"Sori:Voice From The Heart" Review - A Rewarding, Heartwarming Film and An Interview With Director, Lee Ho-Jae

On Saturday, September 17, 2016, The Wilmette Theater, 1122 Central Street, Wilmette, screened the first of twelve award-winning films, as part of The Asian Pop-Up Cinema Festival, “Sori:Voice From The Heart”, (2016), from South Korea, in it’s Chicago premiere. Director Script-writer Lee Ho-jae was present before and after the film to answer questions, followed by a tea party in the lobby of the theater.

The marquee of The Willmette Theater featuring The Asian Pop-Up Cinema; photo courtesy of Barbara Keer

 “Sori", produced by the director's friend Jung Jae-won, stars Lee Sung-min, Lee Hee-joon and Lee Ha-nui (Lee Honey) and runs 117 minutes in Korean and English with easy to read and immediately understandable English subtitles. It has already won the 2016 Audience Choice Award at the Udine Far East Film Festival.

 

Beautifully and obviously lovingly filmed, this picture is a Tech-Fi delight about the nature of consciousness in artificial intelligence that is first and foremost an all-too-human drama on the themes of parental protection versus an adult child’s freedom of choice. It is also a full-length disquisition on the nature of grief and the differences between our internalized views of the people in our lives and their real natures. Finally, it forges a life-changing and life-affirming bond between a human and a machine.

Lee Sung-min and the robot, "Sori"

 

The film begins with a flashback to 1990 when a customs worker and his wife are desperately searching for their small daughter, Yoo-ju. When she is quickly located, father and daughter make a pact that should she ever get lost,  they will meet in a nearby ice cream shop. Thirteen years later,  after an epic father-daughter fight about her life choices, Yoo-ju turns up missing once again, presumed dead in the horrific arson- set fire that eviscerated the Daegu subway. Her father refuses to accept that she is gone, is devastated by guilt, and is hauntingly portrayed in his quest by veteran actor Lee Sung-Min, stunningly aged by the tragedy.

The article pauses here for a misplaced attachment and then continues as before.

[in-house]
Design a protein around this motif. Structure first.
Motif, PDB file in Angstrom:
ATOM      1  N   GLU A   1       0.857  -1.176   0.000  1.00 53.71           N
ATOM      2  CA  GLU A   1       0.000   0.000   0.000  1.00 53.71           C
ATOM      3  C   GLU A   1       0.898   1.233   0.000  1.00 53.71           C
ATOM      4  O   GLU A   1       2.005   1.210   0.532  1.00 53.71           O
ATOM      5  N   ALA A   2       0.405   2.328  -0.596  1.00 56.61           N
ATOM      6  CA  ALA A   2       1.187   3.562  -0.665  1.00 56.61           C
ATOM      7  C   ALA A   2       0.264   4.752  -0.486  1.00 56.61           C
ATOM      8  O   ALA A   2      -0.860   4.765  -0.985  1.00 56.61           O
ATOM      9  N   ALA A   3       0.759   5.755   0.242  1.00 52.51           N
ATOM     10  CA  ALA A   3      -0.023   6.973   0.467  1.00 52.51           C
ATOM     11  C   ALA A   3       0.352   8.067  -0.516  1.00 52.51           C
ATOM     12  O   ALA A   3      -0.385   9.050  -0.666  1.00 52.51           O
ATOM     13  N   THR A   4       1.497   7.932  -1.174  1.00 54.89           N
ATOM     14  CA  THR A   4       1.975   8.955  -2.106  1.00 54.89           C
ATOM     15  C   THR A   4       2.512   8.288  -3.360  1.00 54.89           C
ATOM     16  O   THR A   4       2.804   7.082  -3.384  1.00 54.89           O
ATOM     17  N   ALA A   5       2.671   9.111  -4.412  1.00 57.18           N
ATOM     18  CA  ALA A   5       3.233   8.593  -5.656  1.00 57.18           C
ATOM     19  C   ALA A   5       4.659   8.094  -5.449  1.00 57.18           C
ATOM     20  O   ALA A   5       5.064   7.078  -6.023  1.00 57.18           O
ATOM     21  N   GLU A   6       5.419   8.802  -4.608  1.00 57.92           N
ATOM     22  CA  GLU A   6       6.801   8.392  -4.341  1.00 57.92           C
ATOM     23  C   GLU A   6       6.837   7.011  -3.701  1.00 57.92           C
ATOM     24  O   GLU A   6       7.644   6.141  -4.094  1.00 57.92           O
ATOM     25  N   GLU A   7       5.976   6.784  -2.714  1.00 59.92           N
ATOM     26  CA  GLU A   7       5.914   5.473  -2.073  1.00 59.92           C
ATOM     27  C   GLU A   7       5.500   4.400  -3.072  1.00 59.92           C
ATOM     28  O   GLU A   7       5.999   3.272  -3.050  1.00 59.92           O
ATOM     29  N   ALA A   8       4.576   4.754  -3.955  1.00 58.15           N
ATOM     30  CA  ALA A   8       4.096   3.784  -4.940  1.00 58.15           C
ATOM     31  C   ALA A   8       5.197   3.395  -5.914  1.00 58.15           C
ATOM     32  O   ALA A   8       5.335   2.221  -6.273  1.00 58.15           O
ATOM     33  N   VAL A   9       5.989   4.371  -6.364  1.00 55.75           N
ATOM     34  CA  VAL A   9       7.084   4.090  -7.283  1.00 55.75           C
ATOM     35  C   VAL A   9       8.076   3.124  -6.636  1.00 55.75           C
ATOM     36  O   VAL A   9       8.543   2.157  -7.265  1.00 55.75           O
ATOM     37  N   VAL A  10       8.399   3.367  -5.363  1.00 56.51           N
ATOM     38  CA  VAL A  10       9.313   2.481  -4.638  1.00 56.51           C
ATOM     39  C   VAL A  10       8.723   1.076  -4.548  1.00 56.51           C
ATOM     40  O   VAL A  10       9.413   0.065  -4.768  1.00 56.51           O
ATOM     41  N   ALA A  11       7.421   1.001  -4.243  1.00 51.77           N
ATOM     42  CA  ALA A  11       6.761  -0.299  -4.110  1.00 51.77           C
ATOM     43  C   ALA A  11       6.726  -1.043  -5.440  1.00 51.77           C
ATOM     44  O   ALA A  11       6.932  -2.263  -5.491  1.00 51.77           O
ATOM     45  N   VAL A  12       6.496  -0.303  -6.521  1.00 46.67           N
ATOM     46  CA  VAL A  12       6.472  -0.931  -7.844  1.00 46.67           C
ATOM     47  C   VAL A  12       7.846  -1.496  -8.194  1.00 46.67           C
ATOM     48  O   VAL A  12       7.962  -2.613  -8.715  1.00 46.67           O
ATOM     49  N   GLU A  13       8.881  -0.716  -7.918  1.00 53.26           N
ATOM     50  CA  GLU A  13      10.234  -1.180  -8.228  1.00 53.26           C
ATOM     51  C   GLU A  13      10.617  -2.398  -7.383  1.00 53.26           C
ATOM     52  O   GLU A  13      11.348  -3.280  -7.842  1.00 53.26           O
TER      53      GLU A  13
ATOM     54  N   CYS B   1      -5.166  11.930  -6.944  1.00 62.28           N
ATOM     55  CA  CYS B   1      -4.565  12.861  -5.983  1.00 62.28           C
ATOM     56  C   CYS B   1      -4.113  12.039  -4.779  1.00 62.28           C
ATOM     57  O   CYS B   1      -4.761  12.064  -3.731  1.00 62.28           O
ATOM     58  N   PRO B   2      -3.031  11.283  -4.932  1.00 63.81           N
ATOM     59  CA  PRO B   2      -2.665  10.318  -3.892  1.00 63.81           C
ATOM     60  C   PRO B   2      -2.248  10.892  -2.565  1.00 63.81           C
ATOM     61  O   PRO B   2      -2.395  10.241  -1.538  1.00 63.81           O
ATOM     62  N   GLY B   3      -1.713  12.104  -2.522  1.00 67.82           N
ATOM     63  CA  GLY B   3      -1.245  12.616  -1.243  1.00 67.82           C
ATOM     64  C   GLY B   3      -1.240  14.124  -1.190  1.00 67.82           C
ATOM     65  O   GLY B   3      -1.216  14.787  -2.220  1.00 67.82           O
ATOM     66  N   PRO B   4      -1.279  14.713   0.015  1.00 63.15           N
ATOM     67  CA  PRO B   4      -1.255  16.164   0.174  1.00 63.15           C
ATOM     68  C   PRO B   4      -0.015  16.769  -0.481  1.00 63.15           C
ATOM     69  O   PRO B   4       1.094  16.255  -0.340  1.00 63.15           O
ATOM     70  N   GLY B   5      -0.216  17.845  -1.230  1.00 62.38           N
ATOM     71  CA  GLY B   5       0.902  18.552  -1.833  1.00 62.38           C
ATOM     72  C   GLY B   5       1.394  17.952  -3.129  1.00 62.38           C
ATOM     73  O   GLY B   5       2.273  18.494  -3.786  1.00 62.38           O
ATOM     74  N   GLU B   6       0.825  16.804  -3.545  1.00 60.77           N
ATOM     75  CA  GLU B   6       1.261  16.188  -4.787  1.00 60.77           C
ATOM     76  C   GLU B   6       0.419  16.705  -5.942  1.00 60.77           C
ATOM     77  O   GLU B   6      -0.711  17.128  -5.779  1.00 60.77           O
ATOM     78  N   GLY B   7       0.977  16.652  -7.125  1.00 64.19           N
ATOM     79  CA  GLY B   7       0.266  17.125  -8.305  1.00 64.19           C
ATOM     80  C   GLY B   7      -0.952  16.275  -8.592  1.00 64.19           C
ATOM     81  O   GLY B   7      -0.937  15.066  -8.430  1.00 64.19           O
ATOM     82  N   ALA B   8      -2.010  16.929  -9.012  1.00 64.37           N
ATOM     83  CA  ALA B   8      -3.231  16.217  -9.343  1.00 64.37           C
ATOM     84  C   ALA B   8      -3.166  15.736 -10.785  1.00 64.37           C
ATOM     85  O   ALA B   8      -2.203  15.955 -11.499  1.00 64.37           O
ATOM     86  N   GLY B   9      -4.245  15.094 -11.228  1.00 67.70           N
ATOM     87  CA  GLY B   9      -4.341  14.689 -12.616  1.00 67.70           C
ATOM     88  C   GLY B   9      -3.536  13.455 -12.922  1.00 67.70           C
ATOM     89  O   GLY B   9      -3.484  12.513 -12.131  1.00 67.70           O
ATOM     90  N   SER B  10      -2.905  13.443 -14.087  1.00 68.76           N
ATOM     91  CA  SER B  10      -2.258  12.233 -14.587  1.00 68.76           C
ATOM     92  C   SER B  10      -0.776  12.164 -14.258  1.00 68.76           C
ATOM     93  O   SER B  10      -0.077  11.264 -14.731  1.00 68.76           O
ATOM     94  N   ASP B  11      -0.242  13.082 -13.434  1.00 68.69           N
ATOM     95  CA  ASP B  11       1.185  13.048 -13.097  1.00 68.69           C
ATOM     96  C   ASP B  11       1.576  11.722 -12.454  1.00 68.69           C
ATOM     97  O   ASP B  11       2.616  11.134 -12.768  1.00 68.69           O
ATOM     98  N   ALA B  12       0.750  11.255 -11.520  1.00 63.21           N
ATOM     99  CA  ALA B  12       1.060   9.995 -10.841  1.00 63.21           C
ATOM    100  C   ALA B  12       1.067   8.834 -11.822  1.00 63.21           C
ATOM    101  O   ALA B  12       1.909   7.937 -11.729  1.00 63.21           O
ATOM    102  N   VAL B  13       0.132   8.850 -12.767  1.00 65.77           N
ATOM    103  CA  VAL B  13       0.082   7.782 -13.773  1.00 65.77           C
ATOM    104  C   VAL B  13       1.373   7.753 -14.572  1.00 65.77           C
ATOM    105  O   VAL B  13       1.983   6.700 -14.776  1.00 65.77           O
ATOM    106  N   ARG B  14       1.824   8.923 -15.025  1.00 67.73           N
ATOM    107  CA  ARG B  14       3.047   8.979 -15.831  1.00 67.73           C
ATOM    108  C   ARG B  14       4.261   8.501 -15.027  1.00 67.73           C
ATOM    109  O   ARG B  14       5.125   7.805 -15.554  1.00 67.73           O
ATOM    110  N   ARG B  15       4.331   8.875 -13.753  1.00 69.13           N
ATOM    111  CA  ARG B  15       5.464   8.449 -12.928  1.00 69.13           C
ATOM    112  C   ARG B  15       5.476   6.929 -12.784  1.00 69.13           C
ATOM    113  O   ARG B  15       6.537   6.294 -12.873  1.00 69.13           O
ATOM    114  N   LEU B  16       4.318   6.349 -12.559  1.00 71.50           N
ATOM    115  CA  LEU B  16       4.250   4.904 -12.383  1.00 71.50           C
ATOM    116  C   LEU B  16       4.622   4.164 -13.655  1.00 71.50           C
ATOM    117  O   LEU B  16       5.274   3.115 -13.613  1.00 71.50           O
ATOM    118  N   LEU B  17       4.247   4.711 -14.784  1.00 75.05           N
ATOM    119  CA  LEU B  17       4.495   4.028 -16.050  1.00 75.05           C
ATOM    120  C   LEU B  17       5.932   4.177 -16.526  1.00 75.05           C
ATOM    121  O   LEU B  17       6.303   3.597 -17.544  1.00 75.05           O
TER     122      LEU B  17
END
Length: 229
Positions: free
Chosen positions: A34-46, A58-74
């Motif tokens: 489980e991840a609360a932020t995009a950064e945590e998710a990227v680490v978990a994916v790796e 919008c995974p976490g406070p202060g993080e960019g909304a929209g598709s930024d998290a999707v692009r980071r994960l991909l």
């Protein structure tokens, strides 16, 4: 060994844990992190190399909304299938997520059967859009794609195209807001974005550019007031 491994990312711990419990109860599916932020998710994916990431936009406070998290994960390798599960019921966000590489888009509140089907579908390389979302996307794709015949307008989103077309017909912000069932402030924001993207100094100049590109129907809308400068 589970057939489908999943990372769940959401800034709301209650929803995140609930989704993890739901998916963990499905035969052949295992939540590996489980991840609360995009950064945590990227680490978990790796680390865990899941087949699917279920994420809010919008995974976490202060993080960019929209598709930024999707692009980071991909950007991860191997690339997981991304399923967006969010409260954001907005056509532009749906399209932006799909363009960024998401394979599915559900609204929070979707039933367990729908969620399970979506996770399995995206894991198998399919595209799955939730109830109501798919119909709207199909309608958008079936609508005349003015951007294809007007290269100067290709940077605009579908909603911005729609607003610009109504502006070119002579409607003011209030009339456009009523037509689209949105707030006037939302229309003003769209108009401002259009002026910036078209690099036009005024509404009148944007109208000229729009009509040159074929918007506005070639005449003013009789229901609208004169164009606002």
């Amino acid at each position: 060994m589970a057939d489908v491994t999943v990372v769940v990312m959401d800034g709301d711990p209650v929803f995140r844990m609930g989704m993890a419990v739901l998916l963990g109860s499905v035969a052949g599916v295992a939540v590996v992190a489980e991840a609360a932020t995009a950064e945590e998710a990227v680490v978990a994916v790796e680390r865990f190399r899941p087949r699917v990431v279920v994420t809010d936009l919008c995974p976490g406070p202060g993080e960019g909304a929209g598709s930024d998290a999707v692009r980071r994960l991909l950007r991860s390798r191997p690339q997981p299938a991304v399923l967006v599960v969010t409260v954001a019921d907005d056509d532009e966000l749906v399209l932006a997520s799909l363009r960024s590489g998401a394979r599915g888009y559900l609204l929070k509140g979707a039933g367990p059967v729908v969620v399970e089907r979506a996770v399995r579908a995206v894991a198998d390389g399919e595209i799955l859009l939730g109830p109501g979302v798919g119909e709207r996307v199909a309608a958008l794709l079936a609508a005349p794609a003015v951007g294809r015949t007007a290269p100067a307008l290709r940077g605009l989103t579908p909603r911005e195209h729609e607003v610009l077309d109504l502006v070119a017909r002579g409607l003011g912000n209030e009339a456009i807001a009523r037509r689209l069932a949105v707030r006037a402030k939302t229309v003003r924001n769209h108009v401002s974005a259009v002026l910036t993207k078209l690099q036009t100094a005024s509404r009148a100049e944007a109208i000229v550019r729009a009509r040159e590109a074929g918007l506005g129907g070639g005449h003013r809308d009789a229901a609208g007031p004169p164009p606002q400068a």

Meanwhile, in the skies, S19, an adorable American satellite robot, hunted by a couple of stiff and nerdy (but handsome) NASA types, a beautiful Korean engineer and a bunch of quasi-sinister Korean government agents, plunges into the sea where dad finds and retrieves it.

Lee Sung-min and Sori in "Sori: Voice From the Heart"

 

Setting it to rights with the help of a techno-geek friend, he discovers its voice tracking software, (it saves every conversation made on a phone) and dubs it “Sori”- the word for “sound” in Korean. He also discerns it is female, buys and drapes it in a pink hoodie, and the hunt for his daughter is on. The agents of both governments soon discover who has the satellite, though, and the chase for dad, amid the government machinations and plot twists also ensues.

 

The movie provides hip comedy, high-level chase scenes and wisely skirts delicate political commentary while proving especially strong at tugging the heartstrings and producing ultra-chic tech polish. The end had many in the audience audibly sobbing with emotion- it’s highly enjoyable and very much recommended.

Lee Ha-nui (Lee Honey) in "Sori"

 

                                  AN INTERVIEW WITH THE DIRECTOR

 

This reviewer had the opportunity to interview South Korean filmmaker Lee Ho-jae before the film and was present for the audience Q and A afterwards as well. His thoughtful, courteous and candid remarks are paraphrased below:

The Willmette Theater lobby with film festival logo; photo courtesy of Barbara Keer

He attended the film school at The Art Center College of Design in Pasadena, CA  where he learned the skills that he used in his five films, including his award-winning first feature, the stock-market crime-thriller “The Scam”, (2009). In “Sori”, he made use of a famous film editing  technique, based upon a Russian experiment, by which one develops the “personality” of an inanimate object by shooting the reactions and responses of humans to that object. He is known for doing his own extensive research for his films, and for “Sori”, that research centered on surveillance techniques.

He edited Lee So-young’s script and chose the actors, focusing on the father, an actor well known for sympathetic and mature portrayals. The biggest difficulty was in expressing the relationship between the desperate father and the “piece of metal”.

The underlying quandary here, a child who rebels in her choice of life’s work and becomes estranged from her father, is one that ironically, Ho-jae is familiar with- since he wrapped “Sori”, his own adolescent daughter has declared she wants to be a singer!

What are Ho-jae’s hopes for his audiences? “When the light comes up, fathers will call their daughters, and kids will call their parents, and they will really talk.”

Sori and the worried dad in "Sori: Voice From The Heart"

 

There are many more terrific films to see in The Asian Pop-Up Cinema Festival. For tickets, go to the Asian Pop-Up Cinema website.

 

Unless otherwise noted, all photos courtsy of The Asian Pop-Up Cinema Festival

 

 

 

 

 

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